Maersk buyback may limit its rating

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Christian Wienberg Copenhagen

DEBT holders in AP Moeller-Maersk are looking on as the biggest shipping company uses its excess cash to enrich shareholders in a strategy shift that threatens to cap its bond gains.

Chief executive Nils Smedegaard Andersen said last week that he would start the Copenhagen-based company’s first ever “formalised” share buy-back programme, purchasing $1 billion (R11bn) in stock, or about 2 percent of Maersk’s market capitalisation.

According to Nordea Bank, Scandinavia’s biggest lender, the move means there is now no prospect of the ratings upgrade some bondholders had been hoping for.

“If Maersk continues to sell assets and distribute the cash to shareholders, it may harm the credit profile over time,” Lars Kirkeby, the chief credit analyst at Nordea in Oslo, said. “We don’t see much room for Maersk to get a higher rating now.”

Maersk, once Europe’s biggest issuer of unrated corporate bonds, invited ratings companies to grade its debt in September last year in a move designed to help it access the dollar bond market.

It subsequently got a BBB+ rating at Standard & Poor’s and a Baa1 grade at Moody’s Investors Service, one step below the A- shadow rating that Danske Bank and SEB gave Maersk at the time.

Since then, Maersk’s 4.375 percent note due in November 2017 has returned bondholders about 4 percent, including reinvested interest. The note’s spread relative to the government yield curve widened to 75 basis points yesterday from 73 basis points at the end of last week.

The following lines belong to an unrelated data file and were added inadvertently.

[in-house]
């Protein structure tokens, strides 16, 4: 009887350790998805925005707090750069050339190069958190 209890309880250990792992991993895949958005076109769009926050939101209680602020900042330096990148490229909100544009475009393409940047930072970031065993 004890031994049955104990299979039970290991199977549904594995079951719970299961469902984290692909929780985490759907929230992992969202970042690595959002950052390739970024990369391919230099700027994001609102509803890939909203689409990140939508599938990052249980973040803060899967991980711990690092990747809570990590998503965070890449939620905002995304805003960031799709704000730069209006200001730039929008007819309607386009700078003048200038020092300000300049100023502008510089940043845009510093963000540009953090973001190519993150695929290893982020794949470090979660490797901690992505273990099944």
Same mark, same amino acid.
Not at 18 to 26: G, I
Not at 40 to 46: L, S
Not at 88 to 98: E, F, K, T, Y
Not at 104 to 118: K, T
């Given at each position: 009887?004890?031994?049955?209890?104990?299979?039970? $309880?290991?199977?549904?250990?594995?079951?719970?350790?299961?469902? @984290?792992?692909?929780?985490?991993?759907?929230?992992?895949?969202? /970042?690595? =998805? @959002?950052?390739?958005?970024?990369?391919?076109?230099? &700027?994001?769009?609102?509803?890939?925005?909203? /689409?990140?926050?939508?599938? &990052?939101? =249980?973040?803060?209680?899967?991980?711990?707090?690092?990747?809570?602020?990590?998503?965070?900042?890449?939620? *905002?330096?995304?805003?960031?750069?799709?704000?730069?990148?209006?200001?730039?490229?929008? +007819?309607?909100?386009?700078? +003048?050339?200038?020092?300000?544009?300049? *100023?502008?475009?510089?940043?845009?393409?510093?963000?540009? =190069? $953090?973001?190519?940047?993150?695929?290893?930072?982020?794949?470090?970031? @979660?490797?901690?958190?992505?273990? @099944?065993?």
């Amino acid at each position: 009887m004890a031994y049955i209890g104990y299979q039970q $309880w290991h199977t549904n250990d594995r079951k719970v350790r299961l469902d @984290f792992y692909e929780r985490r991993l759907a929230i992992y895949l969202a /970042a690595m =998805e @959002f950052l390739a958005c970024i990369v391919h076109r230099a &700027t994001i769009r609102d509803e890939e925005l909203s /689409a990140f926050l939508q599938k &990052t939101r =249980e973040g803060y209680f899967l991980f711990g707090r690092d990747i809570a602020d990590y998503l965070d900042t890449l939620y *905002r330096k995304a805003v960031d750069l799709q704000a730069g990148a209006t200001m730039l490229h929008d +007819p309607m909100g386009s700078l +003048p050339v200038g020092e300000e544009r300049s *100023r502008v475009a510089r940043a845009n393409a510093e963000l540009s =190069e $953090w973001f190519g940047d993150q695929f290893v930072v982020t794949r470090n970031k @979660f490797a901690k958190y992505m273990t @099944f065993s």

Maersk, which owns a container shipping line, an oil unit, a drilling division and a port operator, sold a stake in its supermarket unit in January, raising cash proceeds of about $3.2bn. It has also sold 15 so-called very large crude carriers for $980 million.

Brian Boersting, a credit analyst at Danske, said last week there was still value in Maersk bonds under the current credit rating and repeated a buy recommendation.

“The share buy-back, in our view, signals no further deleveraging in AP Moeller-Maersk, which limits the upside in bond valuation,” Boersting said. “However, as metrics continue to be strong for the target rating of BBB+, we continue to see value in AP Moeller-Maersk’s bonds.”

Maersk’s biggest shareholder with a 41.5 percent stake is AP Moeller Holding, a fund for the founding family.

Marie Fischer-Sabatie, a Paris-based analyst at Moody’s, said last week the rating firm was keeping its Maersk grade unchanged. – Bloomberg


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